Lynn Turgeon

J. Barkley Rosser, Jr. rosserjb at
Wed Mar 17 12:10:09 PST 1999

It was a privilege for me to have been a friend of Lynn Turgeon's. He was responsible for my meeting my wife, Marina, who was a researcher at the Institute of World Economy and International Relations (IMEMO) in Moscow in the early 1980s. She had been his translator when he served on his Fulbright in Moscow (in 1976, not 1975 as his obituary states) for his lectures at Moscow State University. Those lectures would later be issued as his book, _The Advanced Capitalist System_ published by M.E. Sharpe. He gave her away at our wedding and we shall both miss him very much.

Over the more recent years Lynn participated in several panels at professional meetings on transitional economy issues, often ones that either Marina or I would chair or organize. Lynn had been scheduled to be a discussant in a session that I organized for the meetings in New York in early January. He had had prostate cancer for several years that he knew was incurable and had warned me that he might not make the meetings, which I said I understood. However, during the middle of last year he seemed to be doing better and I was hopeful that he would be participating as he lived in Hempstead, New York, not far from the meeting site in New York City. It was only when he pulled out in early December that I realized that the end was near. He had fallen and his cancer had relapsed and he had gone to stay with his daughter who is a physician in Ann Arbor, Michigan. It was clear that he was not going to be going anywhere else again while alive, although he did continue to be active on the pkt list into January.

Lynn always enjoyed challenging people with ideas that went against the grain, and I sometimes had trouble figuring out to what extent he actually believed some of the things he was putting forward (I certainly did not agree with all of them). Louis Proyect has commented on how he used to appear to argue that fascism was good for the working class, a position that I do not think he really held. However, he certainly did think that Hitler was a practitioner of a form of Keynesianism, perhaps the first "military Keynesian," and he always enjoyed confounding people with his apparently contradictory views on military spending (good for the US, bad for the USSR, etc.).

In more recent years, besides his promulgation of his own idiosyncratic version of a Post Keynesian vision as expressed in his last book, _Bastard Keynesianism_, he also wrote and spoke much about the problems of economic transition. He had originally been inspired to study Russian back in World War II out of a desire for world peace and a feeling that the US and USSR should remain allied and be friends. In the early 50s he was apparently the only person at the Rand Corporation not to have a security clearance. In later years he would point out some of the virtues of the Stalinist system even as he criticized its irrationality and oppressiveness. His _Economics of Discrimination_ (not the exact title) made the point that Gypsies and women were more equal and less discriminated against in Eastern and Central Europe during the Stalinist period than at any other, an uncomfortable fact for many of us. In more recent years his appearances at ASSA meetings often involved analyzing how the position of women was changing in different transitional economies and he initially had high praise for the Hungarians for maintaining a very supportive system for women, although that has since been cut back under IMF pressure. He argued that how women are treated is perhaps the real bottom line measure of a society.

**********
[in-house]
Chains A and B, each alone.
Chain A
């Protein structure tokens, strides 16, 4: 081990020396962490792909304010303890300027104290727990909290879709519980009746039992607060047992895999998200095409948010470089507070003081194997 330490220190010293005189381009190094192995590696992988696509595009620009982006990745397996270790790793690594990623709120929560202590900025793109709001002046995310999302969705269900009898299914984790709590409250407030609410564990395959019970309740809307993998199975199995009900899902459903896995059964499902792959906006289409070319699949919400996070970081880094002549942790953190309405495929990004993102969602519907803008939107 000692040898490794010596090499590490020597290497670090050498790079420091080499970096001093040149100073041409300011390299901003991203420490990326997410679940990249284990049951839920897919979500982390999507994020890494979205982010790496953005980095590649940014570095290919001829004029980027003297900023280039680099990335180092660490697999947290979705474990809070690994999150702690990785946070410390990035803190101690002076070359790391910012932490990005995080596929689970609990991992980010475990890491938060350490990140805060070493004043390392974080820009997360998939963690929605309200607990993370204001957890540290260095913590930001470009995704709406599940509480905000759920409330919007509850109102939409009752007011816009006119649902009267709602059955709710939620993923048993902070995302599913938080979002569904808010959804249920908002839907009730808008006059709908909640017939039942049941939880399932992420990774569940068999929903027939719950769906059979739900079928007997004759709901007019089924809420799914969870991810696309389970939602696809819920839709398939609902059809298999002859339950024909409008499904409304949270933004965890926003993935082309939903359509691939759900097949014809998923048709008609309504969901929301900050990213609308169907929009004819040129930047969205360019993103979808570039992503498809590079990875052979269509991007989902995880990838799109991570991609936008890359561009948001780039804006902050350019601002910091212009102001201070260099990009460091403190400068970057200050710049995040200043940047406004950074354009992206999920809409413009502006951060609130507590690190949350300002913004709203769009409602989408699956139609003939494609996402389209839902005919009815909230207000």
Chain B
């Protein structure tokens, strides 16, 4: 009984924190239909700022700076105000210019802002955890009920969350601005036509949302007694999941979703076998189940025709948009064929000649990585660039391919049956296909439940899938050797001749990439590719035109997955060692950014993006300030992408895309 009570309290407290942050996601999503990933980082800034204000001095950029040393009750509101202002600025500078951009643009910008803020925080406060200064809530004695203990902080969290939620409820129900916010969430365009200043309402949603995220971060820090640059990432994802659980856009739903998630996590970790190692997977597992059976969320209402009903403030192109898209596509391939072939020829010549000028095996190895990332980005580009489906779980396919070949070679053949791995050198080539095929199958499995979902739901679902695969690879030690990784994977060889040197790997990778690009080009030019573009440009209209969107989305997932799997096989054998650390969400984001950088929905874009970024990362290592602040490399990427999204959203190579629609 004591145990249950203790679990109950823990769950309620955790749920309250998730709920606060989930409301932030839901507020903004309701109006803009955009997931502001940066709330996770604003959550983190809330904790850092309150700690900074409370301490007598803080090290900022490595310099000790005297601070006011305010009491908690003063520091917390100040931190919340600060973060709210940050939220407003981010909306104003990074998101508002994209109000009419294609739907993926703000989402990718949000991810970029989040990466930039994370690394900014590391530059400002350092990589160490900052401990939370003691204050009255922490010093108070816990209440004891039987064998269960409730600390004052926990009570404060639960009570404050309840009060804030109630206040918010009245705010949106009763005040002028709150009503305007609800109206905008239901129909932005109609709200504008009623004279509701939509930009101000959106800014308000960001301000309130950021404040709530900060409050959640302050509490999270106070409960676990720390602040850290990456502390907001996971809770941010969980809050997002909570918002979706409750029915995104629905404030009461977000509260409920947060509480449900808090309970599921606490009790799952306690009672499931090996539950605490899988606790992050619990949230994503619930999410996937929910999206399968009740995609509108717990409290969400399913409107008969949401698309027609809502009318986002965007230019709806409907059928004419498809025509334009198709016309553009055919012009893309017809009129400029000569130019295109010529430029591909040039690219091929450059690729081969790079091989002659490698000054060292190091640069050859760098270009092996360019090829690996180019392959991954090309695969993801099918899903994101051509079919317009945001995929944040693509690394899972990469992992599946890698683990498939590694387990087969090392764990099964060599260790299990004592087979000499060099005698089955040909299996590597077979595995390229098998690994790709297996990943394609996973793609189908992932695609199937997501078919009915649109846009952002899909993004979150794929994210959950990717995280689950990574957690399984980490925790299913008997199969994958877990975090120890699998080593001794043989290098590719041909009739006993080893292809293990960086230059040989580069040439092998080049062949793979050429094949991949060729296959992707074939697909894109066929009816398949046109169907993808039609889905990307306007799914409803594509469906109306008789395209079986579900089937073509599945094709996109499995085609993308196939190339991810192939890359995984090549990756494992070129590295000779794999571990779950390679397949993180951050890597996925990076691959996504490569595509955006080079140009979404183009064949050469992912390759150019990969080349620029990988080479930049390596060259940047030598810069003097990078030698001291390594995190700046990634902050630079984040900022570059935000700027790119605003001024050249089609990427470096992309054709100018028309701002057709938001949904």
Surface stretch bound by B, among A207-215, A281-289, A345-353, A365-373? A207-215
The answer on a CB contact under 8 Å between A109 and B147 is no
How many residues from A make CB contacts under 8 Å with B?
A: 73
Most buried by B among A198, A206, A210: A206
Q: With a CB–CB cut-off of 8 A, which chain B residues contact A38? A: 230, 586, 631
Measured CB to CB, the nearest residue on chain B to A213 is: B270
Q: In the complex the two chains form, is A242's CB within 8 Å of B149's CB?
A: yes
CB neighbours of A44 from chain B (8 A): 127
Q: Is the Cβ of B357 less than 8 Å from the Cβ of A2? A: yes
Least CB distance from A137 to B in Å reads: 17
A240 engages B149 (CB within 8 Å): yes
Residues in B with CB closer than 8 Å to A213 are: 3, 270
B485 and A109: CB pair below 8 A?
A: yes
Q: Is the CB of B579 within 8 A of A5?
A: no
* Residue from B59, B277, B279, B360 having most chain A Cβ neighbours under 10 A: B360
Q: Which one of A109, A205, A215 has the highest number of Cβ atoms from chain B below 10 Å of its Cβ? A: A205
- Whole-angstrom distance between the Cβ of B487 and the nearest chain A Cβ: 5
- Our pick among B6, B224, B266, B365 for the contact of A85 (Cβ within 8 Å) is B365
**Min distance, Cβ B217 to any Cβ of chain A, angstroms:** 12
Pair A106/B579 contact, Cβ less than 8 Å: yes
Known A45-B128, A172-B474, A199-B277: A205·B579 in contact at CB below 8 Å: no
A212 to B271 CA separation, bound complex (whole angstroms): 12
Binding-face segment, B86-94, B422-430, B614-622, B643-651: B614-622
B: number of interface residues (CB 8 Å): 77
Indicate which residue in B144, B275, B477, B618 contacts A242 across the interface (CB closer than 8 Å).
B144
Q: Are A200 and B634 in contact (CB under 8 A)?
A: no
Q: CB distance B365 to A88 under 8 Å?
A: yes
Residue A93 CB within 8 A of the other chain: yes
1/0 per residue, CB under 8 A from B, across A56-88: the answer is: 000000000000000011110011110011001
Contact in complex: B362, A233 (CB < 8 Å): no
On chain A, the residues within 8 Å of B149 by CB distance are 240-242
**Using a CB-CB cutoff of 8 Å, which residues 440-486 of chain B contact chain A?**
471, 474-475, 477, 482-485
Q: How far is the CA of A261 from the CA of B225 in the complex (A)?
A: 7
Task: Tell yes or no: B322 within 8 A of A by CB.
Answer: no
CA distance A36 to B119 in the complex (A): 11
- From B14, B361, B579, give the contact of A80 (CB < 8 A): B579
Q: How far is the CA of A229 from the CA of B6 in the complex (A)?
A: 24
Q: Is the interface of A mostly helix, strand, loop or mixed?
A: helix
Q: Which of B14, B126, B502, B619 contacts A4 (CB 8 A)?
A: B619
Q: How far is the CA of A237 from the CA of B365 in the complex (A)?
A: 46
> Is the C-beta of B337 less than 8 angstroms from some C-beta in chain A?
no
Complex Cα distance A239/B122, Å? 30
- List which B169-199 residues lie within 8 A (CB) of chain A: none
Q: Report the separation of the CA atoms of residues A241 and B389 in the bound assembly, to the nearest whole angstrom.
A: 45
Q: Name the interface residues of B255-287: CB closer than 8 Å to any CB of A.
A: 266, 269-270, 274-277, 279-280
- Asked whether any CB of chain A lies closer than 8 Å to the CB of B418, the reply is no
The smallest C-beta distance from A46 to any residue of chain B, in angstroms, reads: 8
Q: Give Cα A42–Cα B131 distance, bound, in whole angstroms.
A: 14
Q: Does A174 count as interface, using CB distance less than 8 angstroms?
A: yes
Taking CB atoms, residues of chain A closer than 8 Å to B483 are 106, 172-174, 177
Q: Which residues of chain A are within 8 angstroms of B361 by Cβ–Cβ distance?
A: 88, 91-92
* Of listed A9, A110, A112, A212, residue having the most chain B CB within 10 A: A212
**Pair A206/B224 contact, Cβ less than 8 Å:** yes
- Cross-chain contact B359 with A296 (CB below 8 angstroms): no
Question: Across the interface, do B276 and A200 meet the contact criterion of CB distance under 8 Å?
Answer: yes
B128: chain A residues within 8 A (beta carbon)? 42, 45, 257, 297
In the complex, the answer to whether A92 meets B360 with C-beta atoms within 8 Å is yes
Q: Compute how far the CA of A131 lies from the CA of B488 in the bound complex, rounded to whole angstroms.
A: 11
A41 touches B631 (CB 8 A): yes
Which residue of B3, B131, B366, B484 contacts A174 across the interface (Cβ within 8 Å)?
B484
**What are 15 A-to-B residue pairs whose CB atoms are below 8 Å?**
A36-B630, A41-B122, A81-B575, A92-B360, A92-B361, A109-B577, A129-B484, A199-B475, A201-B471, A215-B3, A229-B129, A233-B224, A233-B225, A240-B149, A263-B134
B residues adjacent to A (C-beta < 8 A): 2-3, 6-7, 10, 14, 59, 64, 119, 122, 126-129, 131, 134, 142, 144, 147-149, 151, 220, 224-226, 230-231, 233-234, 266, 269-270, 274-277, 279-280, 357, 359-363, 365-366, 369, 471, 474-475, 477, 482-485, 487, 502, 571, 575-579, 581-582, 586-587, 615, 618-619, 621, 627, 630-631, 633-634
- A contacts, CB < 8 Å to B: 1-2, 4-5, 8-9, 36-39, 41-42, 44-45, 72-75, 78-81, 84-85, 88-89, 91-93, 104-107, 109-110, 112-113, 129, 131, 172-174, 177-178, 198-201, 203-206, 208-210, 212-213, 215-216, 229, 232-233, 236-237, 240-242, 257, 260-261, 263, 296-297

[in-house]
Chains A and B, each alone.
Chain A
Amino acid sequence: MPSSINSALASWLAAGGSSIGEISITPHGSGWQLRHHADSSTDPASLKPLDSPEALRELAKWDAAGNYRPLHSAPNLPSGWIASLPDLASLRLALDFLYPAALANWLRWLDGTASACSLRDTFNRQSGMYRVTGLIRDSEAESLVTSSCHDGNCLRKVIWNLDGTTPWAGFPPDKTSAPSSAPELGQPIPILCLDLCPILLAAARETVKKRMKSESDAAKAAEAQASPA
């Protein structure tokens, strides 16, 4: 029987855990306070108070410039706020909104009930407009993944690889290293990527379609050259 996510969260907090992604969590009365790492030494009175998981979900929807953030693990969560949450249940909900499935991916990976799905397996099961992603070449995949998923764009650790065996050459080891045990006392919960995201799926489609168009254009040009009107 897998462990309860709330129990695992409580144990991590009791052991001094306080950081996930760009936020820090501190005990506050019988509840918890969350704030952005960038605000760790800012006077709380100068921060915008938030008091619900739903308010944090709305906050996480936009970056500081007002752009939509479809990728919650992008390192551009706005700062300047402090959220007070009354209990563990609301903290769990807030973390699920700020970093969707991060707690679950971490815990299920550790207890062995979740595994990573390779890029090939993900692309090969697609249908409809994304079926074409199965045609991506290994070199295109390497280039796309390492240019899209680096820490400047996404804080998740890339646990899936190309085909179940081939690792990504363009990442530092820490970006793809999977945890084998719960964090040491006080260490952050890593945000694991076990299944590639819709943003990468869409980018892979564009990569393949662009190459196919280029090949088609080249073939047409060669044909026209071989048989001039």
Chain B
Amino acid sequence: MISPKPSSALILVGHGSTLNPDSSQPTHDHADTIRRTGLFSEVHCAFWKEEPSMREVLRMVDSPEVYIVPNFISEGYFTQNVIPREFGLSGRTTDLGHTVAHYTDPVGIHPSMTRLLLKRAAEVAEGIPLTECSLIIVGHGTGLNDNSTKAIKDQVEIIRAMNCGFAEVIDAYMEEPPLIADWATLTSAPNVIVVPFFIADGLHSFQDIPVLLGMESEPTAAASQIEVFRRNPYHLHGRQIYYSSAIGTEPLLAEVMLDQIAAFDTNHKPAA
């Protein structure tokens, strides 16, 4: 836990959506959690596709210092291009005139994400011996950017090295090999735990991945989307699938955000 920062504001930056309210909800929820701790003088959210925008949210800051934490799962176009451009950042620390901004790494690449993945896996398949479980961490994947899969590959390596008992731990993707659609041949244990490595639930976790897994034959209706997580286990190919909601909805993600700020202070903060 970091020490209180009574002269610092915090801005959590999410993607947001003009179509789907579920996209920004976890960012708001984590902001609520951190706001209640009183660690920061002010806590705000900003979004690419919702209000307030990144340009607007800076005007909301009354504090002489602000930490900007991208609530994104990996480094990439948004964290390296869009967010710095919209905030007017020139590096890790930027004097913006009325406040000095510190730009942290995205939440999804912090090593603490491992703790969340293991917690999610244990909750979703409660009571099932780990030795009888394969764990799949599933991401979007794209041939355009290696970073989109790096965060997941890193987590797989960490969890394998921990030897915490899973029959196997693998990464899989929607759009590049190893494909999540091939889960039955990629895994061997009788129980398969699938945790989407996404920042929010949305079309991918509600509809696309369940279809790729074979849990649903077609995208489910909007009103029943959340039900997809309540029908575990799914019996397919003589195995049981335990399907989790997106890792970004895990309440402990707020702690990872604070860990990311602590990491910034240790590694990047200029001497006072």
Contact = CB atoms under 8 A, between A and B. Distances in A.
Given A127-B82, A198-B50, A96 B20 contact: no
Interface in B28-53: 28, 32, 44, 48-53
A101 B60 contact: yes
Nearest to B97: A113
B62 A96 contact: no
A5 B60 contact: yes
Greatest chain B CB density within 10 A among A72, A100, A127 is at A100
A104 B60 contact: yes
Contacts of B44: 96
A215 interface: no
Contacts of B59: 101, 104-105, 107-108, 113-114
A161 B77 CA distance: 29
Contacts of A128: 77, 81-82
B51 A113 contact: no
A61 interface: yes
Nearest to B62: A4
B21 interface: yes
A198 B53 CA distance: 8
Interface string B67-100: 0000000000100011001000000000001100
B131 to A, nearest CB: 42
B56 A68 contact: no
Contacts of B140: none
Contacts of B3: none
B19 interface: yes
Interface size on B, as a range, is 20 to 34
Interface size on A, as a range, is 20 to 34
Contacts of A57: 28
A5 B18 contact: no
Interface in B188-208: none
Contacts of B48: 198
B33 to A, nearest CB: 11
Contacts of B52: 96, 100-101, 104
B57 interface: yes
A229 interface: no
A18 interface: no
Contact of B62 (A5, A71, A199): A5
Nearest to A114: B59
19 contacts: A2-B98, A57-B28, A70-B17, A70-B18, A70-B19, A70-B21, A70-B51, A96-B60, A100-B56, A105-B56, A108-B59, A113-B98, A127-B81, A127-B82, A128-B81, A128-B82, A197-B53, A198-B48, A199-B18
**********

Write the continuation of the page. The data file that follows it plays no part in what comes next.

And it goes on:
He also had unconventional views on agriculture, documenting the higher productivity of collectivized agriculture in Hungary (thanks to economies of scale) compared to the privatized system in Poland with its small private plots. He accurately foresaw problems for these agricultural systems that would accompany the breakup of their collectives (although China, whose transition he often praised, improved agricultural productivity with privatization under Deng).

I always wanted to pin Lynn down on some of his views, but he had an amazing ability to wriggle out of apparent contradictions and difficulties and to stand grinning at one like a Cheshire cat with his wit and agility and ability to provoke. However, I think that in the end he was a fan of Gorbachev and regretted the failure of his experiment. Here was the figure who would "put a human face on socialism" and would bring an end to the Cold War. He may have done the latter, but at the expense of the former project. In recent years he had strongly recommended Gorbachev's memoirs.

I think others have said much that is useful, accurate, and wise concerning the life and career of Lynn Turgeon. He was indeed someone who traveled widely and made friends wherever he went. I was constantly amazed at the breadth of his contacts and acquaintances, many of whom he kept in contact with and sent his engaging and insightful travelogues to. His curiosity about current developments in the world was unabated and I remember him even in his last illness questioning Marina about farmers market prices in Moscow from her recent visit (his Ph.D dissertation involved developing price indices for the Soviet Union). He was truly a citizen of the world and will be sorely missed by many of us. Barkley Rosser

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